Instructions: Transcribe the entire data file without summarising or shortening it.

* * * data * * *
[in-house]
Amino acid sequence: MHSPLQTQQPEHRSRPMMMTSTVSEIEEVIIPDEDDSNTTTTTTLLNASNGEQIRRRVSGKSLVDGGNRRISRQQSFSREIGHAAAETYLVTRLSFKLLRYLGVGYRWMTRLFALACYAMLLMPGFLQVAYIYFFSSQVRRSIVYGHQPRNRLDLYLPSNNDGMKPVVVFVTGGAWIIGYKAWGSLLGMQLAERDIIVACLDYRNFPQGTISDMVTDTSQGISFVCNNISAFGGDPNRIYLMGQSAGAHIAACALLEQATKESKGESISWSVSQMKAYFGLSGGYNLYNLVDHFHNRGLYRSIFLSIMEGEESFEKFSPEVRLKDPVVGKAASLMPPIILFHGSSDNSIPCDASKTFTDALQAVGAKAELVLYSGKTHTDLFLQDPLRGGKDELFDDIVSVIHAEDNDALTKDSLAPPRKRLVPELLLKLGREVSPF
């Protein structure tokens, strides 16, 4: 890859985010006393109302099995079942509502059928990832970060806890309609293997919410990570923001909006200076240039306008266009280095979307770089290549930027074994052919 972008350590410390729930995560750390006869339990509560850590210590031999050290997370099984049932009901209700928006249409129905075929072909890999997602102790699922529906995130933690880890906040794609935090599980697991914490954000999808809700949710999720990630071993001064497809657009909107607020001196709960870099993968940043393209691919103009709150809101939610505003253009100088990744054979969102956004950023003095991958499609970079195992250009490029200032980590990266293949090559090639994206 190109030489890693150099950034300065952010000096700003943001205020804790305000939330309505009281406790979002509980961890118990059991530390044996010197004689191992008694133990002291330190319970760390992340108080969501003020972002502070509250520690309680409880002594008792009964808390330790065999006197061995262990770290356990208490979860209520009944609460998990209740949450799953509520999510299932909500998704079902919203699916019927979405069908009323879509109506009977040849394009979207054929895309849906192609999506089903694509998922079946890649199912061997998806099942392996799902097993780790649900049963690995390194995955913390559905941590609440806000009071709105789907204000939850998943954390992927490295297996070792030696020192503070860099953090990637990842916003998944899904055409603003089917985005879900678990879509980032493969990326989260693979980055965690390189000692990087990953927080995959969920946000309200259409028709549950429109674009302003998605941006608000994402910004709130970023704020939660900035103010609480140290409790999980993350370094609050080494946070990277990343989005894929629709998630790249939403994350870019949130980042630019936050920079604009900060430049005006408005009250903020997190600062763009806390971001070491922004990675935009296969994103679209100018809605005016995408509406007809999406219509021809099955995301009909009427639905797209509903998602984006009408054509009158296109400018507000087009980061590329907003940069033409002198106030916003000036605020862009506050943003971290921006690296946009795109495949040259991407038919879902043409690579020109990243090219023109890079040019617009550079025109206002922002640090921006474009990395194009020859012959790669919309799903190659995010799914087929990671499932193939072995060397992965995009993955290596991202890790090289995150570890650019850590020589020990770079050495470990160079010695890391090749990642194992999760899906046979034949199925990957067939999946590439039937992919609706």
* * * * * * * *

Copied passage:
[in-house]
Amino acid sequence: MHSPLQTQQPEHRSRPMMMTSTVSEIEEVIIPDEDDSNTTTTTTLLNASNGEQIRRRVSGKSLVDGGNRRISRQQSFSREIGHAAAETYLVTRLSFKLLRYLGVGYRWMTRLFALACYAMLLMPGFLQVAYIYFFSSQVRRSIVYGHQPRNRLDLYLPSNNDGMKPVVVFVTGGAWIIGYKAWGSLLGMQLAERDIIVACLDYRNFPQGTISDMVTDTSQGISFVCNNISAFGGDPNRIYLMGQSAGAHIAACALLEQATKESKGESISWSVSQMKAYFGLSGGYNLYNLVDHFHNRGLYRSIFLSIMEGEESFEKFSPEVRLKDPVVGKAASLMPPIILFHGSSDNSIPCDASKTFTDALQAVGAKAELVLYSGKTHTDLFLQDPLRGGKDELFDDIVSVIHAEDNDALTKDSLAPPRKRLVPELLLKLGREVSPF
């Protein structure tokens, strides 16, 4: 890859985010006393109302099995079942509502059928990832970060806890309609293997919410990570923001909006200076240039306008266009280095979307770089290549930027074994052919 972008350590410390729930995560750390006869339990509560850590210590031999050290997370099984049932009901209700928006249409129905075929072909890999997602102790699922529906995130933690880890906040794609935090599980697991914490954000999808809700949710999720990630071993001064497809657009909107607020001196709960870099993968940043393209691919103009709150809101939610505003253009100088990744054979969102956004950023003095991958499609970079195992250009490029200032980590990266293949090559090639994206 190109030489890693150099950034300065952010000096700003943001205020804790305000939330309505009281406790979002509980961890118990059991530390044996010197004689191992008694133990002291330190319970760390992340108080969501003020972002502070509250520690309680409880002594008792009964808390330790065999006197061995262990770290356990208490979860209520009944609460998990209740949450799953509520999510299932909500998704079902919203699916019927979405069908009323879509109506009977040849394009979207054929895309849906192609999506089903694509998922079946890649199912061997998806099942392996799902097993780790649900049963690995390194995955913390559905941590609440806000009071709105789907204000939850998943954390992927490295297996070792030696020192503070860099953090990637990842916003998944899904055409603003089917985005879900678990879509980032493969990326989260693979980055965690390189000692990087990953927080995959969920946000309200259409028709549950429109674009302003998605941006608000994402910004709130970023704020939660900035103010609480140290409790999980993350370094609050080494946070990277990343989005894929629709998630790249939403994350870019949130980042630019936050920079604009900060430049005006408005009250903020997190600062763009806390971001070491922004990675935009296969994103679209100018809605005016995408509406007809999406219509021809099955995301009909009427639905797209509903998602984006009408054509009158296109400018507000087009980061590329907003940069033409002198106030916003000036605020862009506050943003971290921006690296946009795109495949040259991407038919879902043409690579020109990243090219023109890079040019617009550079025109206002922002640090921006474009990395194009020859012959790669919309799903190659995010799914087929990671499932193939072995060397992965995009993955290596991202890790090289995150570890650019850590020589020990770079050495470990160079010695890391090749990642194992999760899906046979034949199925990957067939999946590439039937992919609706």